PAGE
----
CCHR Florida is asking lawmakers to change how the mental health law is applied to minors in order to protect children from the trauma of unjust involuntary psychiatric examinations.
Parents in Florida are justifiably outraged that elementary school aged children can be handcuffed and carted away in the back of a police car to a psychiatric ward for an involuntary examination. Known as a Baker Act, this is all initiated without the permission or knowledge of parents.
According to the Florida chapter of the international mental health watchdog, the Citizens Commission on Human Rights (CCHR), the seemingly indiscriminate Baker Acting of children is not only a violation of parental rights and the rights of the child but also a human rights abuse.
A Miami Herald story early last year reported that a 7-year-old was treated in this manner after hitting and kicking a teacher during lunch. Only 15 miles from this incident, and on the very same day, a 10-year-old autistic boy begged his teacher not to call the police when he became agitated after being told to make up schoolwork during recess.
According to the Miami Herald article the fourth grader became upset when a teacher told him to make up some homework during recess. The child later told his mother that when he became upset “one of his teachers told the other to call the Baker Act number.”
The article continues, “Kevin knew what ‘Baker Act’ meant. Two years earlier, during another meltdown, teachers at his old school had invoked the Florida law, which instructs police to take people who appear to be mentally ill and pose a danger to themselves or others for an involuntary psychiatric exam. On that occasion, Kevin’s parents had shown up just in time, before police could handcuff him.”
Families of children with special needs, as well as lawyers and activists who support them, affirm that the Baker Act is being abused, traumatizing children.
Allison Hertog who is a special education lawyer states the obvious “,…certainly a child of that age should not be Baker Acted in my opinion because he couldn’t be a danger to himself or others unless he was carrying a weapon. He’s too little.” (1)
The National Center for Biotechnology Information (NCBI) published this rather damning evidence concerning involuntary psychiatric evaluation of children:
“A subset of children seen in emergency departments (ED) for psychiatric complaints are on involuntary psychiatric holds for danger to self or others, or grave disability due to a mental health condition. These involuntary holds are often initiated in the prehospital setting in the midst of a volatile situation, but in reality, patients may or may not represent a true and imminent threat to self or others or be gravely disabled. To our knowledge, there is no data published on the use of involuntary psychiatric holds in young children. The effectiveness of involuntary psychiatric holds on stabilizing patients with acute psychiatric emergencies has not been evaluated in adults or adolescents, much less in young children.” (2)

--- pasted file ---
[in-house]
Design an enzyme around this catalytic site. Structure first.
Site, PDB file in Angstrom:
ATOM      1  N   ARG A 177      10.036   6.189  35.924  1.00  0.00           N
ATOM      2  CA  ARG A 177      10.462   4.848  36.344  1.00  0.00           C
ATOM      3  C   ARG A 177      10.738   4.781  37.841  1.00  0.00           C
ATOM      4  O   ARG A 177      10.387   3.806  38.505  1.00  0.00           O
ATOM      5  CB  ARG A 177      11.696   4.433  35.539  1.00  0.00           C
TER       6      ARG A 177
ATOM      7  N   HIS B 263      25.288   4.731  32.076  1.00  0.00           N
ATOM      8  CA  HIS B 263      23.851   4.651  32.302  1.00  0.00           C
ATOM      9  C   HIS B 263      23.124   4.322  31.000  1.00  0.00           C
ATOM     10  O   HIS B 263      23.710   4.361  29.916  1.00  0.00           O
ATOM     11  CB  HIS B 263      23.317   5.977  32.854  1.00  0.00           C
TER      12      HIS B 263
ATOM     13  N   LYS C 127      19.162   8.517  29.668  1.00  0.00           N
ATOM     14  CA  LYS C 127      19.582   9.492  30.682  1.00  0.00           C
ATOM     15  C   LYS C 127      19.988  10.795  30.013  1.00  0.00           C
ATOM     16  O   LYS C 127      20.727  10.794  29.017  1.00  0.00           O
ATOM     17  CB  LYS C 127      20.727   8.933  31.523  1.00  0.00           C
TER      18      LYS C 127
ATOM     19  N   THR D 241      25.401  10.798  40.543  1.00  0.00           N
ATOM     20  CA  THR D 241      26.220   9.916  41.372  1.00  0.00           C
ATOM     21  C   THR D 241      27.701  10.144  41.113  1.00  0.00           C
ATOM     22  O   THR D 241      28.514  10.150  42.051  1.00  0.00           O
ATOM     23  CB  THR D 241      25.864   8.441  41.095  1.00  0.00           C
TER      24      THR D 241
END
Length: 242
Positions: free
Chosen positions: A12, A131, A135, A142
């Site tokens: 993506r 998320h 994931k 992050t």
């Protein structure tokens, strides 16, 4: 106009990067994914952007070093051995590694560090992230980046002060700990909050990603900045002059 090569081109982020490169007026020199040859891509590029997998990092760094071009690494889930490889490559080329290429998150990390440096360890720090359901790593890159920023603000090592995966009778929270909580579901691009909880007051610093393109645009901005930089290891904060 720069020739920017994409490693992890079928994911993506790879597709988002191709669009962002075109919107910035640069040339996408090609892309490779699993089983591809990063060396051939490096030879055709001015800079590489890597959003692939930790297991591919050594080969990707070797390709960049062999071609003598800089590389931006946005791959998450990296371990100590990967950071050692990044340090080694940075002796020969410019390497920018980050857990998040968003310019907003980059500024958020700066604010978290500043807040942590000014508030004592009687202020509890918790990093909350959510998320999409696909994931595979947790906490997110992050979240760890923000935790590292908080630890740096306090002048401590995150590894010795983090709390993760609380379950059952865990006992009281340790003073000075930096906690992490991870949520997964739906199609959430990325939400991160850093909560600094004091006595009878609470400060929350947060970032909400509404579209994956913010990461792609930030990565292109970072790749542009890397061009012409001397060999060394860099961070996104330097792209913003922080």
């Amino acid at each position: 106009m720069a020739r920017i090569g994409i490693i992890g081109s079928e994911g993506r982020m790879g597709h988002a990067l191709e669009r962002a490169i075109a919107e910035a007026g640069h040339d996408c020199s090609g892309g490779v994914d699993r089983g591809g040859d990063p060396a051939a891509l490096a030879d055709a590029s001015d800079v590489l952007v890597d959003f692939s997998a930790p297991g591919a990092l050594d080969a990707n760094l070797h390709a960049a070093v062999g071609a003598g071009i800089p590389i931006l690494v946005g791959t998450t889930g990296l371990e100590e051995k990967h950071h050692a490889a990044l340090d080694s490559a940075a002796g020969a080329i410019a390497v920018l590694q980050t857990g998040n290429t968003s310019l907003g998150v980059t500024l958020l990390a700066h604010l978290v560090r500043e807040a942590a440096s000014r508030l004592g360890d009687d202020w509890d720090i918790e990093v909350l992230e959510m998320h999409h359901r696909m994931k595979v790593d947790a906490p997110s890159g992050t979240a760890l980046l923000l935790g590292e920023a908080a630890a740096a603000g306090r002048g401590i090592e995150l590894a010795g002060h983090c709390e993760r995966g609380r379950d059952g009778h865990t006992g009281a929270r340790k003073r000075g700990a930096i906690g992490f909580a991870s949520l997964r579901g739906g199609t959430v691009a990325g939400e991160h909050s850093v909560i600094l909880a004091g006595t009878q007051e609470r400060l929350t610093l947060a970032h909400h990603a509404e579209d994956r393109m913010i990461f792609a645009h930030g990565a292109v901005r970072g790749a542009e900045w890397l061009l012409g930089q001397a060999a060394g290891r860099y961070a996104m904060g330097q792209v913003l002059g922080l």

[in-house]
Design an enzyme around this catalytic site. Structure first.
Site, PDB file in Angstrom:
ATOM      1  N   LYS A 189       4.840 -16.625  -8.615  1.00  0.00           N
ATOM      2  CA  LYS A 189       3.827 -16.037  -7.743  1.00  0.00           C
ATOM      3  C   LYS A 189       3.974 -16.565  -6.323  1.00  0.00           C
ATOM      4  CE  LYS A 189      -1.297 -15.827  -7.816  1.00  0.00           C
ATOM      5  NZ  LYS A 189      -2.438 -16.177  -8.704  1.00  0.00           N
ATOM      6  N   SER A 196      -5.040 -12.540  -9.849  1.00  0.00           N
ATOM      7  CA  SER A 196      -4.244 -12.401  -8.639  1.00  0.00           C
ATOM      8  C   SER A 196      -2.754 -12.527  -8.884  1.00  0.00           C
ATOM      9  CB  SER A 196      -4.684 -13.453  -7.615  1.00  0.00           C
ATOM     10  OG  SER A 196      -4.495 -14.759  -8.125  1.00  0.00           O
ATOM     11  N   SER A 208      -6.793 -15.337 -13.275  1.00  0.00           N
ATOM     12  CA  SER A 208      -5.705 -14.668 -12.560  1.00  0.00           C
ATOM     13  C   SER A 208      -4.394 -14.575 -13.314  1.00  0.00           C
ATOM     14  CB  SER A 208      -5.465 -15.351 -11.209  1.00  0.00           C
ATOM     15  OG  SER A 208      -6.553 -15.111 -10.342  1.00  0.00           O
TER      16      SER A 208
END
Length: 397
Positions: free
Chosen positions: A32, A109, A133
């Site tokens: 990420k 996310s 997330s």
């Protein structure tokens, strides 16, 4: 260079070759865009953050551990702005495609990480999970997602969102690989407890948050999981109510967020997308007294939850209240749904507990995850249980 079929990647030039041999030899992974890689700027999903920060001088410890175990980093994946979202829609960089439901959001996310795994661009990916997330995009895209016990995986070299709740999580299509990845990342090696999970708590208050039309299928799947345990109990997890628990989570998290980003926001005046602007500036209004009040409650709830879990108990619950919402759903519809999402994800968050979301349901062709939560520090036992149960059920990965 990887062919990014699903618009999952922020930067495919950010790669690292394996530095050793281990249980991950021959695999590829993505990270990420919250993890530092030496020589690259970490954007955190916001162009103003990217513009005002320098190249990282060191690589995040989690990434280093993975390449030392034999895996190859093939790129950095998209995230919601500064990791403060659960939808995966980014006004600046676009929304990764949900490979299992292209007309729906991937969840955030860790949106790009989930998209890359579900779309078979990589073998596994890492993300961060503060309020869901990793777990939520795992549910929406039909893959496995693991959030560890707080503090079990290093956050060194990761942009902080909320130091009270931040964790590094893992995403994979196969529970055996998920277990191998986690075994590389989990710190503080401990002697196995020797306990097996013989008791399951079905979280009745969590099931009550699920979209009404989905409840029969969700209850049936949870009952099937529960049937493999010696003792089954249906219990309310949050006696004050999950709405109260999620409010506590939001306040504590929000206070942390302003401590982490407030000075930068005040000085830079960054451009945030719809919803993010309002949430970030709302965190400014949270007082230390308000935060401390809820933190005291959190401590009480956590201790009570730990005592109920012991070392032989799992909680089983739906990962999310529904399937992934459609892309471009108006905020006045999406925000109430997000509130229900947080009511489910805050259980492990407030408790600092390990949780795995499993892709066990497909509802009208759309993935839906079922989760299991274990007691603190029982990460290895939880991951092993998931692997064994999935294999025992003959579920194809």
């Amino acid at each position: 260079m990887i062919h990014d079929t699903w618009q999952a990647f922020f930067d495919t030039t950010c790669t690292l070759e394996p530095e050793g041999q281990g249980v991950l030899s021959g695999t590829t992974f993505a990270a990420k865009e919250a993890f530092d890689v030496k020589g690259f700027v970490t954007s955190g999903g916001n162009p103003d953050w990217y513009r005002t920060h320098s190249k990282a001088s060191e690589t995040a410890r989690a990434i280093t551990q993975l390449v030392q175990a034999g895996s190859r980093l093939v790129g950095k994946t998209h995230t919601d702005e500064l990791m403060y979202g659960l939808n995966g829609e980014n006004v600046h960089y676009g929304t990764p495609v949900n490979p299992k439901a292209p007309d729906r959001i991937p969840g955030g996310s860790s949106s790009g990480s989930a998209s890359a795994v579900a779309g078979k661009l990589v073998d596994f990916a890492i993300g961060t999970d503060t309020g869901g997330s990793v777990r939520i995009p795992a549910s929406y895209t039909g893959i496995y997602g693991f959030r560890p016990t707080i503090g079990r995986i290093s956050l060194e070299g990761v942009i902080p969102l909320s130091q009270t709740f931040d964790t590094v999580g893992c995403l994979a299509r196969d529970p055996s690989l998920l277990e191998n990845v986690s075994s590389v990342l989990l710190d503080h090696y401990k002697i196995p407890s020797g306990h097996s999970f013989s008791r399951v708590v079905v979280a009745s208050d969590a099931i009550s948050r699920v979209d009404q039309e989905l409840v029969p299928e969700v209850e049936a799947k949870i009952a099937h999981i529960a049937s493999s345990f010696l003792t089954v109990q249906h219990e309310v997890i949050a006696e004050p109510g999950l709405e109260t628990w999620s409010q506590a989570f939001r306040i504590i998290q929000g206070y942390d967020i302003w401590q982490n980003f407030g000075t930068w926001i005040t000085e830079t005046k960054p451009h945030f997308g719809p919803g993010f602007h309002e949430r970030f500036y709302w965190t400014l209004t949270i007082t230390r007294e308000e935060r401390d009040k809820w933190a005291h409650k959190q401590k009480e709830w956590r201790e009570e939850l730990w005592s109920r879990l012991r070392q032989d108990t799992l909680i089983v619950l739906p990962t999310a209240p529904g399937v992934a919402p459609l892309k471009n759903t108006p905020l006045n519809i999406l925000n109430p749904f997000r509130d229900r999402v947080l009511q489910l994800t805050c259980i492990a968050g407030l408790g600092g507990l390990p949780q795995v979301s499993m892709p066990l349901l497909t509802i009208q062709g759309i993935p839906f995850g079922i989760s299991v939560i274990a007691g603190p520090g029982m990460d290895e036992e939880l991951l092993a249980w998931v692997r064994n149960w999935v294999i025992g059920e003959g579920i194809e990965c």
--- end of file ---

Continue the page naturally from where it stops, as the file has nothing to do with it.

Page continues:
“Despite the fact that the effectiveness of involuntary psychiatric holds has not been evaluated, children in Florida and other states are being taken into custody in ever increasing numbers and this is a human rights abuse,” states Diane Stein, president of CCHR Florida.
Armed with information on parental rights and the law, Florida parents are now speaking up on the traumatization of their children due to inappropriate and possibly illegal Baker Acting.
Sandy Liebl spoke out on social media after her 10-year-old autistic son was handcuffed and taken to a facility from his school. (3)
Sande Butler, another Florida mom whose autistic son was Baker Acted at school told ABC Action News, “He’s traumatized and afraid of everyone.”
Kathy Lovejoy spoke to Fox4 of her grandson being taken from school, handcuffed and transported to a mental health facility two times. Ms. Lovejoy points out that in both cases doctors determined her grandson, born with fetal alcohol syndrome is also autistic.
None of these children should have been Baker Acted, since they suffer from autism and are not considered mentally ill under the law. (4)
In response, CCHR has been asking Florida’s lawmakers to amend the mental health law in order to provide greater protections for children and the restoration of parental rights. Those interested in learning more about CCHR’s campaign to protect children from abusive Baker Acting are encouraged to call 800-782-2878 and to contact their Florida Representative and Senator.
About CCHR: Initially established by the Church of Scientology and renowned psychiatrist Dr. Thomas Szasz in 1969, CCHR’s mission is to eradicate abuses committed under the guise of mental health and enact patient and consumer protections. L. Ron Hubbard, founder of Scientology, first brought psychiatric imprisonment to wide public notice: “Thousands and thousands are seized without process of law, every week, over the ‘free world’ tortured, castrated, killed. All in the name of ‘mental health,’” he wrote in March 1969. For more information visit www.cchrflorida.org